Obviously, prominently drafting a quarterback is the best way to invigorate a dormant fan base. At the same time, though, it officially puts a clock on the rebuilding process. Results are expected sooner rather than later.

What the Jets need with Darnold in tow is a confident head coach at the height of his game. Whether that’s a guy with experience or a coordinator earning a promotion remains to be seen. But the Jets need a sense of stability and patience, a coach who’s comfortable with starting from scratch.

Darnold’s position as franchise quarterback may be secure, but it’s worth remembering that the Jets have a mere 29 players under contract for 2019.

McCarthy, on the other hand, was a coach for a team that’s a piece or two from true contention. The Jets are anything but a piece or two away.

(Photo by Christian Petersen/Getty Images)

While McCarthy did a solid job of handing the keys to the Packers offense from Favre to Rodgers, the team did endure a season of growing pains. Favre’s farewell was a 13-3 year that ended in a heartbreaking loss to the New York Giants in the NFC title game.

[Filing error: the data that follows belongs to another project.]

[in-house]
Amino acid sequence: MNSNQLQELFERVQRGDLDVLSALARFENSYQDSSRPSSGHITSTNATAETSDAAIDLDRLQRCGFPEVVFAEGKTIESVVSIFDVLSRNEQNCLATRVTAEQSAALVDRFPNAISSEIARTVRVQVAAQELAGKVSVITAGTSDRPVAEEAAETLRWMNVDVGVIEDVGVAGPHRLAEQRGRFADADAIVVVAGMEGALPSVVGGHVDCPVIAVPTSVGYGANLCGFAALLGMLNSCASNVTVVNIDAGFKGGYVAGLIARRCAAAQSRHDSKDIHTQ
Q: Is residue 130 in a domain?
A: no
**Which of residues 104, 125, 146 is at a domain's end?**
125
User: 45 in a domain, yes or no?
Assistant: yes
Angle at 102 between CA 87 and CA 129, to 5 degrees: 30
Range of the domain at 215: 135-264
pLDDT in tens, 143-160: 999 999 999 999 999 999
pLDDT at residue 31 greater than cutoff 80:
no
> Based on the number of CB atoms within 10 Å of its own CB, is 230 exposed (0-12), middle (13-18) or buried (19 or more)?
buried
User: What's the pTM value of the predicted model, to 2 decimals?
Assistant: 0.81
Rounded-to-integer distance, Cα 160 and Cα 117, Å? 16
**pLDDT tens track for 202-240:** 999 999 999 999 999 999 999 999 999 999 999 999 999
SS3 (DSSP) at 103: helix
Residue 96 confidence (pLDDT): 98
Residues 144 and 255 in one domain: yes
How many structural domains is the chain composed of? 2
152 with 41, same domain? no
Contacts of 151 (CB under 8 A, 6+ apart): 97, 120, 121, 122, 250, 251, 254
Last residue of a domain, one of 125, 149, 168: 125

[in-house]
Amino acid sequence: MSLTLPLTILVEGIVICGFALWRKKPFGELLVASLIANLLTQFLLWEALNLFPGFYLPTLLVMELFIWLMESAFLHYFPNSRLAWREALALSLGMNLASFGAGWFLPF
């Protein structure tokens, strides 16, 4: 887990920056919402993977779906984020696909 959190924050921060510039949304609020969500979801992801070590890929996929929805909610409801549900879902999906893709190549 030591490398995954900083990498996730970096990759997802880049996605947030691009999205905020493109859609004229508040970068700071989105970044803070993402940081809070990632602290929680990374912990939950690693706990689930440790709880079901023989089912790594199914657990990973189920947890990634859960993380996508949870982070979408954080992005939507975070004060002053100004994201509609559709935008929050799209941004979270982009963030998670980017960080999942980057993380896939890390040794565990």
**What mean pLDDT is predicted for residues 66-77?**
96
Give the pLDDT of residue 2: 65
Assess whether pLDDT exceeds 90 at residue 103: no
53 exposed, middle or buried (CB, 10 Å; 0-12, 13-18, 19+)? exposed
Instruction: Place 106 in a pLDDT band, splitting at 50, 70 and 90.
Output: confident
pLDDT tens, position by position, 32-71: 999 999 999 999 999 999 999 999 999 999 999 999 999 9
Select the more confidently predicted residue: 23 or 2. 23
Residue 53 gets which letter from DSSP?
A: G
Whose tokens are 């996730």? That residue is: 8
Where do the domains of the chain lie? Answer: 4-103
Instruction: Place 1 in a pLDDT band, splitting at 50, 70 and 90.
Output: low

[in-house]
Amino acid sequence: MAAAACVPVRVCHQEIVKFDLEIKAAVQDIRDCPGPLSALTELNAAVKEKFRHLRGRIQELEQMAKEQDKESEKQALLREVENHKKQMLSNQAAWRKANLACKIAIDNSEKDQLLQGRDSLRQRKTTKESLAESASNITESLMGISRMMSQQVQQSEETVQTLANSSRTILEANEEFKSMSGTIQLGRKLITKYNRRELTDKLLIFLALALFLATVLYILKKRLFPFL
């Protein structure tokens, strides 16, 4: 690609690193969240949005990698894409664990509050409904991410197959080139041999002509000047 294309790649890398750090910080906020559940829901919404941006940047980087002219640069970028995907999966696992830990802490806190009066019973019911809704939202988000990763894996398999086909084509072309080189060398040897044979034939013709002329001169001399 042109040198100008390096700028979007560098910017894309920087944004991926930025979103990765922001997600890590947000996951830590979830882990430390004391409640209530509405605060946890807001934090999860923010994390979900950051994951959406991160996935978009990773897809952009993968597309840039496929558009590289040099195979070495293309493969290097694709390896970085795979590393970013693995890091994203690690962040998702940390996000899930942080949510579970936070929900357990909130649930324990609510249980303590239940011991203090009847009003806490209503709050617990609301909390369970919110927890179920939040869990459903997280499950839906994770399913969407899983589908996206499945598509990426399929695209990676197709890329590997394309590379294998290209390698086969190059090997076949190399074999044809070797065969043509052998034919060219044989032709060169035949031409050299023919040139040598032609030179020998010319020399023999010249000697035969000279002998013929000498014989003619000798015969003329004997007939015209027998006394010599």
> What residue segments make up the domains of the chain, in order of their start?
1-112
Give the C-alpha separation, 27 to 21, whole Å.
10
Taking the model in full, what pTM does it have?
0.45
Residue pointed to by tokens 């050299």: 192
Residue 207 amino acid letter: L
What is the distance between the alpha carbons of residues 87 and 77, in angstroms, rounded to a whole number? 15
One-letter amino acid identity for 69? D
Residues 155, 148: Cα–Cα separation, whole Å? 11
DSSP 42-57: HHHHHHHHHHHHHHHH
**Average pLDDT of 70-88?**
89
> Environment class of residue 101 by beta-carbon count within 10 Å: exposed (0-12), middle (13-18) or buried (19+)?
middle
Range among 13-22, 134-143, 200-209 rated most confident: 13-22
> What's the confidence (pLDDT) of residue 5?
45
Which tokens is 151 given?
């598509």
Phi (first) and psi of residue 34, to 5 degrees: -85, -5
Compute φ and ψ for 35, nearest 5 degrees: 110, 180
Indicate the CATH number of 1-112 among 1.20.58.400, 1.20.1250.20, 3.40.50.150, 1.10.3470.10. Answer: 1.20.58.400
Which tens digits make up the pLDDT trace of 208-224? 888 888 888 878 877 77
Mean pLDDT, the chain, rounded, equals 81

With the exception of this active season, Green Bay has rarely fallen out of contention with Rodgers at the helm. But things didn’t start off so rosy.

After Favre departed for the Jets, who appeared to be in “one piece away” mode in 2008, Rodgers’ first season was a 6-10 struggle that saw the Packers endure a 1-7 stretch in November and December.

McCarthy helped the team rebound with an 11-5 mark in 2009. However, he achieved this with more than Rodgers, as a group of established stars remained from the Favre era.